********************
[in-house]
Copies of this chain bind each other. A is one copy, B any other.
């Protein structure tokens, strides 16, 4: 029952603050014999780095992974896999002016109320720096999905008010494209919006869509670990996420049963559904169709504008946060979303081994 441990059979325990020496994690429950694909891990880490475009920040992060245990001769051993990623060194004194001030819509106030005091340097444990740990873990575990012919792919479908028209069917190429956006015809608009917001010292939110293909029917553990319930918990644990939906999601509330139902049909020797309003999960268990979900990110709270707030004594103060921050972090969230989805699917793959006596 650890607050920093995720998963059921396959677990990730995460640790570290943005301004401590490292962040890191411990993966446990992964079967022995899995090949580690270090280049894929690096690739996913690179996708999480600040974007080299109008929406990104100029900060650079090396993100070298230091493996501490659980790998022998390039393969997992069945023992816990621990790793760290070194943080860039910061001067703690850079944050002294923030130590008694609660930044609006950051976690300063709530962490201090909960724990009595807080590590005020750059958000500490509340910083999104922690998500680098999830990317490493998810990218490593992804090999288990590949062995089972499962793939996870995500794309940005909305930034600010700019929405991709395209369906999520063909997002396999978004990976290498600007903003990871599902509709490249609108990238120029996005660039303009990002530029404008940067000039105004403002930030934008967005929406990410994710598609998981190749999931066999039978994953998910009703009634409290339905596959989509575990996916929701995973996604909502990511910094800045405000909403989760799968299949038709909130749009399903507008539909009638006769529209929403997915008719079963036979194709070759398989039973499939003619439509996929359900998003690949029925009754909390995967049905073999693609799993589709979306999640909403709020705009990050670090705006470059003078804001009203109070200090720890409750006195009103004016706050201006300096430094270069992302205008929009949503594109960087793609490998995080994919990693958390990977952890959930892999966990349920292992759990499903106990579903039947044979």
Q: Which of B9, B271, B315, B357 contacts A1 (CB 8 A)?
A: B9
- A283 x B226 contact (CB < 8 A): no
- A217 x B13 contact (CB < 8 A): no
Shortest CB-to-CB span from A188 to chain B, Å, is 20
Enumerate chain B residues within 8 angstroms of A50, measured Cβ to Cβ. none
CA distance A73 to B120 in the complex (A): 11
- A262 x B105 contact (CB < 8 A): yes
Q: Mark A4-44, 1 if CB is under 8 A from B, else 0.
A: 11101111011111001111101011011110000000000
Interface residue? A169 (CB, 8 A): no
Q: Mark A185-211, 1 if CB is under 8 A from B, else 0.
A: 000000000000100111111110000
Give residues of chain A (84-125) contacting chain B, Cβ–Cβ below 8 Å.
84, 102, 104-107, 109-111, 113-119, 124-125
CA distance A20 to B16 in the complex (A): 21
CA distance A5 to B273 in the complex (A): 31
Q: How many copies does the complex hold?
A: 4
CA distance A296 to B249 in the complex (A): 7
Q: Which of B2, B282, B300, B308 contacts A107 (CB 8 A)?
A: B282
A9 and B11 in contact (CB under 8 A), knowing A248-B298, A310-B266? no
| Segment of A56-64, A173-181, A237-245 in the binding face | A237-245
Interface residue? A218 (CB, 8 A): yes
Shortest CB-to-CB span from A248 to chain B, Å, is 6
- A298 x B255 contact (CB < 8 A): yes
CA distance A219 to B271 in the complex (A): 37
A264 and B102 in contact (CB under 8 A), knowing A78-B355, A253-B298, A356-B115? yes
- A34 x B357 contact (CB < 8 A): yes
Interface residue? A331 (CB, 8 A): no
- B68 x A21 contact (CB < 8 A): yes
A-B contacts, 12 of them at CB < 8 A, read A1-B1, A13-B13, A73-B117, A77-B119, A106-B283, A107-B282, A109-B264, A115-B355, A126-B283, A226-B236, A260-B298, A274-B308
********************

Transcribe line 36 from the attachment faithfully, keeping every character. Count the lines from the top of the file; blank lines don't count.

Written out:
A-B contacts, 12 of them at CB < 8 A, read A1-B1, A13-B13, A73-B117, A77-B119, A106-B283, A107-B282, A109-B264, A115-B355, A126-B283, A226-B236, A260-B298, A274-B308